Carpal tunnel syndrome (CTS) is a collection of characteristic symptoms and signs that occurs following compression of the median nerve within the carpal tunnel. Usual symptoms include numbness, paresthesias, and pain in the median nerve distribution. These symptoms may or may not be accompanied by objective changes in sensation and strength of median-innervated structures in the hand.
See image below.
The hands of an 80-year-old woman with a several-year history of numbness and weakness are shown in this photo. Note severe thenar muscle (abductor pollicis brevis, opponens pollicis) wasting of the right hand, with preservation of hypothenar eminence.
including electromyography (EMG) and nerve conductions studies (NCS), are the first-line investigations in suggested carpal tunnel syndrome (CTS).
Abnormalities on electrophysiologic testing, in association with specific symptoms and signs, are considered the criterion standard for CTS diagnosis. In addition, other neurologic diagnoses can be excluded with these test results.
Electrophysiologic testing also can provide an accurate assessment of how severe the damage to the nerve is, thereby directing management and providing objective criteria for the determination of prognosis.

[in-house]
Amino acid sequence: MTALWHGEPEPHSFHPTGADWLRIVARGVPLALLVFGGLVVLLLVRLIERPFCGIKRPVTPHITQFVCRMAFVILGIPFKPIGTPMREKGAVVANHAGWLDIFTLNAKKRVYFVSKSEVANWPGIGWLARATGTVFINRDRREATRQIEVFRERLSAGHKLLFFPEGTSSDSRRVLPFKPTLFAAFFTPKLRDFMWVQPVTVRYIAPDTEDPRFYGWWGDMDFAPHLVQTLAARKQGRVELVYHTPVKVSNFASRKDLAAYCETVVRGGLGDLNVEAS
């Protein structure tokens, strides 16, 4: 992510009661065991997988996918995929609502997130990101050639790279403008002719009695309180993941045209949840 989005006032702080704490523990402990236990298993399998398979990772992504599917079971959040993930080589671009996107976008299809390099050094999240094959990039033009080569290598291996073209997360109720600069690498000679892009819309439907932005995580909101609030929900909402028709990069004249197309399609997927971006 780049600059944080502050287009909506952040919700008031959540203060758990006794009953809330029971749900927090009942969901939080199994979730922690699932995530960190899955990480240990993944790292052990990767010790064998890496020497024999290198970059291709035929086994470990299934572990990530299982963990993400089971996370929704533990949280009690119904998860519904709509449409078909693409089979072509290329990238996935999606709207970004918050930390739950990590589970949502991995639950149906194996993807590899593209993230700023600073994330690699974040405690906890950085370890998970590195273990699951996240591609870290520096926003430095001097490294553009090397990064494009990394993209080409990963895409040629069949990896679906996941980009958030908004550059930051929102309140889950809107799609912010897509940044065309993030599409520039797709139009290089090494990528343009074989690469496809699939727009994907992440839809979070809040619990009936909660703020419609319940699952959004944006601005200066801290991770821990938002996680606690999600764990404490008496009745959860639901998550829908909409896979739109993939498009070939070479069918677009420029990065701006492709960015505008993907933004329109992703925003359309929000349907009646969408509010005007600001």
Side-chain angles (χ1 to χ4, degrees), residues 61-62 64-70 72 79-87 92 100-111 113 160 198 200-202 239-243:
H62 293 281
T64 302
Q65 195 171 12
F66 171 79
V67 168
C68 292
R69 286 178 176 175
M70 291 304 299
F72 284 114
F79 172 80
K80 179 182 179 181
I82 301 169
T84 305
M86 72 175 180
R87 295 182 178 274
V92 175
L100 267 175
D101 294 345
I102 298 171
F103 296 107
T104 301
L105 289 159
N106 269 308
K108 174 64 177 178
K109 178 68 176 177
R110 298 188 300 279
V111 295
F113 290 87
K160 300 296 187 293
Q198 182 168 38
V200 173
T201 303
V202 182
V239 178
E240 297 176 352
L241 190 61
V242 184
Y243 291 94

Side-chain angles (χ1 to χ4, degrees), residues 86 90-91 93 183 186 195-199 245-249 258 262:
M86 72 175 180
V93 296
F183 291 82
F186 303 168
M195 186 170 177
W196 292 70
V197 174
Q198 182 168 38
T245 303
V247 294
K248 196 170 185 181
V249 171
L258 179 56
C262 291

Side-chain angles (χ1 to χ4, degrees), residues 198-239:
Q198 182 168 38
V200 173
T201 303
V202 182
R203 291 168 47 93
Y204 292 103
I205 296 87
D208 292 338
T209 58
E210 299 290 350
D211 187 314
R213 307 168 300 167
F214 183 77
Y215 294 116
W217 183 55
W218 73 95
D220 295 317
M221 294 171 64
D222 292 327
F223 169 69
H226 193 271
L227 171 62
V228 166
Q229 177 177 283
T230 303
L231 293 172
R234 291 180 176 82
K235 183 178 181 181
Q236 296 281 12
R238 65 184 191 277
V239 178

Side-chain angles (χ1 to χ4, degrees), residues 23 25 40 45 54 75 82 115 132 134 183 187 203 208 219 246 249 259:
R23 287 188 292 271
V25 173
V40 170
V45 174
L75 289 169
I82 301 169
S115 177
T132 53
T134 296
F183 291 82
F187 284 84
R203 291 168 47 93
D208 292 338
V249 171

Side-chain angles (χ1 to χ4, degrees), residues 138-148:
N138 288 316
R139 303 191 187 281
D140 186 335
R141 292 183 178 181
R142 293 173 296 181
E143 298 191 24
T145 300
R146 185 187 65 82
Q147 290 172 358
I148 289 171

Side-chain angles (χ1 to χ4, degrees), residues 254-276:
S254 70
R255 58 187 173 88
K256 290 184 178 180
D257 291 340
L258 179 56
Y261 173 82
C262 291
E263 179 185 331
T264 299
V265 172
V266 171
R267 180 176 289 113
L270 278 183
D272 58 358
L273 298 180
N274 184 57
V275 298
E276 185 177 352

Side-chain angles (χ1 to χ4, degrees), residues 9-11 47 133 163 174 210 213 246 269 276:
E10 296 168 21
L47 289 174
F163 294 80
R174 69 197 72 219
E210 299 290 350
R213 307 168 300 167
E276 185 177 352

Many clinical neurophysiology laboratories are now using ultrasonography as an adjunct to electrodiagnostic studies. Ultrasonography potentially can identify space-occupying lesions in and around the median nerve, confirm abnormalities in the median nerve (eg, increased cross-sectional area) that can be diagnostic of CTS, and help to guide steroid injections into the carpal tunnel.
Magnetic resonance imaging (MRI) of the carpal tunnel is particularly useful preoperatively if a space-occupying lesion in the carpal tunnel is suggested.
Given that CTS is associated with low aerobic fitness and increased body mass index (BMI), it makes some inherent sense to provide the patient with an aerobic fitness and weight-loss program. Stationary biking, cycling, or any other exercise that puts strain on the wrists probably should be avoided. The use of modalities (in particular therapeutic ultrasound) may provide short-term relief in some patients.
Most individuals with mild to moderate CTS (according to electrophysiologic data) respond to conservative management, usually consisting of splinting the wrist at nighttime for a minimum of 3 weeks.
Steroid injection into the carpal tunnel has been shown to be of long-term benefit and can be tried if more conservative treatments have failed.
Patients whose condition does not improve following conservative treatment and patients who initially are in the severe CTS category should be considered for surgery.
Surgical release of the transverse ligament provides high initial success rates (greater than 90%), with low rates of complication; however, it has been suggested that the long-term success rate may be much lower than previously thought (approximately 60% at 5 y). Success rates also are considerably lower for individuals with normal electrophysiologic studies.
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